Projectiondesign Don't Need No Stinkin' Anamorphics
There are, at present, two ways to view 2.35 movies on a 1920 x 1080 HD projector. First, you can tolerate the black bars on a 16:9 screen (or use a 2.35:1 screen and zoom the image out to let the black bars spill off the top and bottom). Second, you can use an anamorphic lens, together with video processing, on that same 2.35:1 screen. Engineers at Projectiondesign have a third way. Working with Texas Instruments, they have incorporated a 2538 x 1600 0.9"DLP chip into their new Avielo Optix SuperWide 235, a single-chip, 2-lamp, 2D digital projector. Using a 2538 x 1080 central area of this chip, they can project a 2.35:1 image onto the screen with 1080 pixels of vertical resolution.
A casual reading of the press release might lead you to believe that this will magically give you a true vertical resolution of 1080. It does not, as Projectiondesign clearly noted in its press conference. The active image area on a 2.35:1 Blu-ray disc transfer is approximately 1920 x 820 pixels (the other 260 vertical pixels are taken up by the black bars), and nothing can increase these 820 pixels to a true vertical resolution of 1080. But by using processing via Sigma Designs VSP, the Optix SuperWide 235 converts the disc's 1920 x 820 to 2538 x 1080. While the result is similar to the use of an anamorphic lens, this technique avoids the optical issues an added lens can produce and the expense of that lens as well. The projector will be priced at $39,000 when it becomes available in a few months.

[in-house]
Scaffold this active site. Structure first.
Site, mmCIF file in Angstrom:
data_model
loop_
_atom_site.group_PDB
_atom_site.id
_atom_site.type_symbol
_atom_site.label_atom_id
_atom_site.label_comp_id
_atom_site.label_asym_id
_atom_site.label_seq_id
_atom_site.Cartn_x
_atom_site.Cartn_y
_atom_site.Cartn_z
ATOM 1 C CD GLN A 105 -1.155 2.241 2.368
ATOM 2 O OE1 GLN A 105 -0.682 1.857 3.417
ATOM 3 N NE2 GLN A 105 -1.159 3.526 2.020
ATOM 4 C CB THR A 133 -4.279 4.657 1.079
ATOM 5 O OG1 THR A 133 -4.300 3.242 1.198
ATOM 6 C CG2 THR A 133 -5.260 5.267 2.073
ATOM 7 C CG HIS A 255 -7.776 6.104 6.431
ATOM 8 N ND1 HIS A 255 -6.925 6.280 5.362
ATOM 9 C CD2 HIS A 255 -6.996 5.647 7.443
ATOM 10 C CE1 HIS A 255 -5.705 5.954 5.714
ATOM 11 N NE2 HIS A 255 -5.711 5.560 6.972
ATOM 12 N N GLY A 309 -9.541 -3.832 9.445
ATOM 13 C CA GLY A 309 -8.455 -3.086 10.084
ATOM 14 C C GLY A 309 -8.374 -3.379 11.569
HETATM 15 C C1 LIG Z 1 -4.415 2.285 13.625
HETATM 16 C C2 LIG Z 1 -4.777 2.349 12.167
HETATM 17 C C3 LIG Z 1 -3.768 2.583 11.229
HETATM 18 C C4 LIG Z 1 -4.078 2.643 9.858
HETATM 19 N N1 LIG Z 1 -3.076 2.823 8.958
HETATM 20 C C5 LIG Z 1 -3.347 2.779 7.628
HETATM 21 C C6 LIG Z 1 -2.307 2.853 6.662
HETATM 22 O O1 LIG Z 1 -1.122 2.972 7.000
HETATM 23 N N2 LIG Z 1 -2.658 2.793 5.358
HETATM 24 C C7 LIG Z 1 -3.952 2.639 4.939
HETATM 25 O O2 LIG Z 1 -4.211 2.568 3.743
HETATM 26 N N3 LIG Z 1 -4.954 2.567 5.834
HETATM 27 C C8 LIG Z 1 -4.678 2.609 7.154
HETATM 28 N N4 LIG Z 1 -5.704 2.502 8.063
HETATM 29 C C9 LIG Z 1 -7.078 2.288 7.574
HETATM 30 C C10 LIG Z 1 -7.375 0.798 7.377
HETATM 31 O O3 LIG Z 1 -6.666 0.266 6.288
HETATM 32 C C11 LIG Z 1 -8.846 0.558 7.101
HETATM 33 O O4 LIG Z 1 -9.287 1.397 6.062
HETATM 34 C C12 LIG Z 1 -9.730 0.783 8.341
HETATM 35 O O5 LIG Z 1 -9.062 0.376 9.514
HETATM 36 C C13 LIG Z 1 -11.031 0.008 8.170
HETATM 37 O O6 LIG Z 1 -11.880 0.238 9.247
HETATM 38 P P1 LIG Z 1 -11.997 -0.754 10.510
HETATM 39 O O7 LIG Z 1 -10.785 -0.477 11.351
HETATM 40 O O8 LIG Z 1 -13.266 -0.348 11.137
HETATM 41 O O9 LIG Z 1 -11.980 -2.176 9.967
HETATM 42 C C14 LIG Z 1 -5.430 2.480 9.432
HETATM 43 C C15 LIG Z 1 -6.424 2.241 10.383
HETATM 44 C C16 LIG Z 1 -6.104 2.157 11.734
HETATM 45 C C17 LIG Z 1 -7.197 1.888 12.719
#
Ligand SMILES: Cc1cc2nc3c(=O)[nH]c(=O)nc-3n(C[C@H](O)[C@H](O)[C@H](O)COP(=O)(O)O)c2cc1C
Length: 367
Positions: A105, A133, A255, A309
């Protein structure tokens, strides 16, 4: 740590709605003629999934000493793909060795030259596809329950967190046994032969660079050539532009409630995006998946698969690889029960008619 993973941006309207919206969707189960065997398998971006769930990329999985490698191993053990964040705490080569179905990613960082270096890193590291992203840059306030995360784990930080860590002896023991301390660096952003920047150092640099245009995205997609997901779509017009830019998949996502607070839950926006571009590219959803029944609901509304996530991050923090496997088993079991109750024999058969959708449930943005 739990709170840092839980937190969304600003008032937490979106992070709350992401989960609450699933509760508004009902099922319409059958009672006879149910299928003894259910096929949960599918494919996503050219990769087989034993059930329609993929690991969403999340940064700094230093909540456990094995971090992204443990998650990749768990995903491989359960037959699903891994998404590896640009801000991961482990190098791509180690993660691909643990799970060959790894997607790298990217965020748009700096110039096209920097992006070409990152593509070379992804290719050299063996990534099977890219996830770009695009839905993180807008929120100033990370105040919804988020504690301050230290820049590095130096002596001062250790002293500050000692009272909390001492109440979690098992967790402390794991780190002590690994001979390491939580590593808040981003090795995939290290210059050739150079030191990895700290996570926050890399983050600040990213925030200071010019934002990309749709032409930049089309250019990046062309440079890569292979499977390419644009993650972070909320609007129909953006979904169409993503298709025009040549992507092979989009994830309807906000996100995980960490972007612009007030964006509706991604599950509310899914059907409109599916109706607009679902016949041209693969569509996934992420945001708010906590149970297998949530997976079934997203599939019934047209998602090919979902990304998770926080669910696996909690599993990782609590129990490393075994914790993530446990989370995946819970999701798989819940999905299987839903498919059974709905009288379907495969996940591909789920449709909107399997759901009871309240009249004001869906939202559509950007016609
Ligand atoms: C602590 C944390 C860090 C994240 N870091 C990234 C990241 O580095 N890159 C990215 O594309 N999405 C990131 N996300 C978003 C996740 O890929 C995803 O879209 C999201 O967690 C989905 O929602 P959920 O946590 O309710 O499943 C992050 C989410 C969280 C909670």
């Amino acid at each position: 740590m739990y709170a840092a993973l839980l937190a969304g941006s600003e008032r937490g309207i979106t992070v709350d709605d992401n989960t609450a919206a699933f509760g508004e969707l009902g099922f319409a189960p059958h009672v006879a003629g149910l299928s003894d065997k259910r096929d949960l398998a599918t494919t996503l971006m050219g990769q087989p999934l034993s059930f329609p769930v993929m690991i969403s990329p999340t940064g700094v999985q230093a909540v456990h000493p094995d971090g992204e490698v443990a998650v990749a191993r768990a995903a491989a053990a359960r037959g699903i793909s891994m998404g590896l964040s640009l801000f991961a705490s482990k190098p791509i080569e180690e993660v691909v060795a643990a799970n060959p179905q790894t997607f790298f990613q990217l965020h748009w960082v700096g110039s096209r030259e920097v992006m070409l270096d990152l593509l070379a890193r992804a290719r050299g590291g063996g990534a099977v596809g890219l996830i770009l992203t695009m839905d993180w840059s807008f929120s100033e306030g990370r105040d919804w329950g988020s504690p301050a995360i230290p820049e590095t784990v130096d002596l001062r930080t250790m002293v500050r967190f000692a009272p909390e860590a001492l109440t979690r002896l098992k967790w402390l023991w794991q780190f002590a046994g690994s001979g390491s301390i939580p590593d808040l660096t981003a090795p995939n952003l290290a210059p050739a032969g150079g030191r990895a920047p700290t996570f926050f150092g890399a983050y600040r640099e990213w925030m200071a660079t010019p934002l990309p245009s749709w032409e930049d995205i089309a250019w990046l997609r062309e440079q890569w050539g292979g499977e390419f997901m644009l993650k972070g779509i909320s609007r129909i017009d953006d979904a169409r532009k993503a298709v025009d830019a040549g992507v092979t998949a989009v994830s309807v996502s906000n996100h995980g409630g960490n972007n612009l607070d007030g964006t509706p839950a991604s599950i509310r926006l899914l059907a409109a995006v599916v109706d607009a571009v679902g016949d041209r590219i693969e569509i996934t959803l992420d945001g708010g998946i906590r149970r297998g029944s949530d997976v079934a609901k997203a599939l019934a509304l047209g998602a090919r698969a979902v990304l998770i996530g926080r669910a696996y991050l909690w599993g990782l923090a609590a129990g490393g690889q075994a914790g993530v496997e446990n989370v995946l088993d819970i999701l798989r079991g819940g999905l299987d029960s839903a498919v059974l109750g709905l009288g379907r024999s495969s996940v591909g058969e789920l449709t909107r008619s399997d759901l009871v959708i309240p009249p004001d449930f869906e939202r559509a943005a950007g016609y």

The image produced by this 2D projector looked outstanding with only one lamp operating on a 13-foot wide, 1.1-gain screen (a DaLite Affinity screen, developed in cooperation with video expert Joe Kane).